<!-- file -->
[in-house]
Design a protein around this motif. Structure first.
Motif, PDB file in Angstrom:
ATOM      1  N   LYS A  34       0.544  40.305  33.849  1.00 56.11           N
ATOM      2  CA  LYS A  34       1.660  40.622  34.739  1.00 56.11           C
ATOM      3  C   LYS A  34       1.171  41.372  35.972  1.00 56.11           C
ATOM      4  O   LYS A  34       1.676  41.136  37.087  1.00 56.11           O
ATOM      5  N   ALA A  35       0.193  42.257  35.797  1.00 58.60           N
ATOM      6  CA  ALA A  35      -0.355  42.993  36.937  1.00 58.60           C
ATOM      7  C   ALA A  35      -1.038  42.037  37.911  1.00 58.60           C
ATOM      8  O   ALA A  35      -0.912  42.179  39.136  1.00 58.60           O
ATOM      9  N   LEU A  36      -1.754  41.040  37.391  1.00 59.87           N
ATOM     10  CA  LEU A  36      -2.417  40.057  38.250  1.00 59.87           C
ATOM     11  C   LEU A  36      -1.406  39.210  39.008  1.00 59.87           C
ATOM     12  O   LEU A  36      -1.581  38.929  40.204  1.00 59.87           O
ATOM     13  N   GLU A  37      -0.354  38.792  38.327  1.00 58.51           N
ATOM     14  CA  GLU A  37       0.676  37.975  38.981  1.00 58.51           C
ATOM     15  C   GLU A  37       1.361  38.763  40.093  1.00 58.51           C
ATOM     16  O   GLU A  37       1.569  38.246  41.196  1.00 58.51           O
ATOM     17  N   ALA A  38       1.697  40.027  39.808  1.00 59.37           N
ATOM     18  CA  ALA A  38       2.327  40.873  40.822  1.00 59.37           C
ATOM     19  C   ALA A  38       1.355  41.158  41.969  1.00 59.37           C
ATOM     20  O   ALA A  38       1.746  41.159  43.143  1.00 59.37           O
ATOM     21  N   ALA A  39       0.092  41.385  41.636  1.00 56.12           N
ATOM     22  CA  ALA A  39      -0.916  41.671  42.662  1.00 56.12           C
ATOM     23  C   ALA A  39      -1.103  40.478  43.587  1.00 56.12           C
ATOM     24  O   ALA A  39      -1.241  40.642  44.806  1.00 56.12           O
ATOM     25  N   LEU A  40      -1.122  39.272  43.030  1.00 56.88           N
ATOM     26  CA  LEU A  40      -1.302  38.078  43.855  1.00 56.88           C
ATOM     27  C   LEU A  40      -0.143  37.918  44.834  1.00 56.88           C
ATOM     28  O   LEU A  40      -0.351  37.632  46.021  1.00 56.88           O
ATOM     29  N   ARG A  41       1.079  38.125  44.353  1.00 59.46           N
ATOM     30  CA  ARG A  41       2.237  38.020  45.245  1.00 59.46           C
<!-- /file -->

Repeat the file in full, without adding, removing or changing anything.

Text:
[in-house]
Design a protein around this motif. Structure first.
Motif, PDB file in Angstrom:
ATOM      1  N   LYS A  34       0.544  40.305  33.849  1.00 56.11           N
ATOM      2  CA  LYS A  34       1.660  40.622  34.739  1.00 56.11           C
ATOM      3  C   LYS A  34       1.171  41.372  35.972  1.00 56.11           C
ATOM      4  O   LYS A  34       1.676  41.136  37.087  1.00 56.11           O
ATOM      5  N   ALA A  35       0.193  42.257  35.797  1.00 58.60           N
ATOM      6  CA  ALA A  35      -0.355  42.993  36.937  1.00 58.60           C
ATOM      7  C   ALA A  35      -1.038  42.037  37.911  1.00 58.60           C
ATOM      8  O   ALA A  35      -0.912  42.179  39.136  1.00 58.60           O
ATOM      9  N   LEU A  36      -1.754  41.040  37.391  1.00 59.87           N
ATOM     10  CA  LEU A  36      -2.417  40.057  38.250  1.00 59.87           C
ATOM     11  C   LEU A  36      -1.406  39.210  39.008  1.00 59.87           C
ATOM     12  O   LEU A  36      -1.581  38.929  40.204  1.00 59.87           O
ATOM     13  N   GLU A  37      -0.354  38.792  38.327  1.00 58.51           N
ATOM     14  CA  GLU A  37       0.676  37.975  38.981  1.00 58.51           C
ATOM     15  C   GLU A  37       1.361  38.763  40.093  1.00 58.51           C
ATOM     16  O   GLU A  37       1.569  38.246  41.196  1.00 58.51           O
ATOM     17  N   ALA A  38       1.697  40.027  39.808  1.00 59.37           N
ATOM     18  CA  ALA A  38       2.327  40.873  40.822  1.00 59.37           C
ATOM     19  C   ALA A  38       1.355  41.158  41.969  1.00 59.37           C
ATOM     20  O   ALA A  38       1.746  41.159  43.143  1.00 59.37           O
ATOM     21  N   ALA A  39       0.092  41.385  41.636  1.00 56.12           N
ATOM     22  CA  ALA A  39      -0.916  41.671  42.662  1.00 56.12           C
ATOM     23  C   ALA A  39      -1.103  40.478  43.587  1.00 56.12           C
ATOM     24  O   ALA A  39      -1.241  40.642  44.806  1.00 56.12           O
ATOM     25  N   LEU A  40      -1.122  39.272  43.030  1.00 56.88           N
ATOM     26  CA  LEU A  40      -1.302  38.078  43.855  1.00 56.88           C
ATOM     27  C   LEU A  40      -0.143  37.918  44.834  1.00 56.88           C
ATOM     28  O   LEU A  40      -0.351  37.632  46.021  1.00 56.88           O
ATOM     29  N   ARG A  41       1.079  38.125  44.353  1.00 59.46           N
ATOM     30  CA  ARG A  41       2.237  38.020  45.245  1.00 59.46           C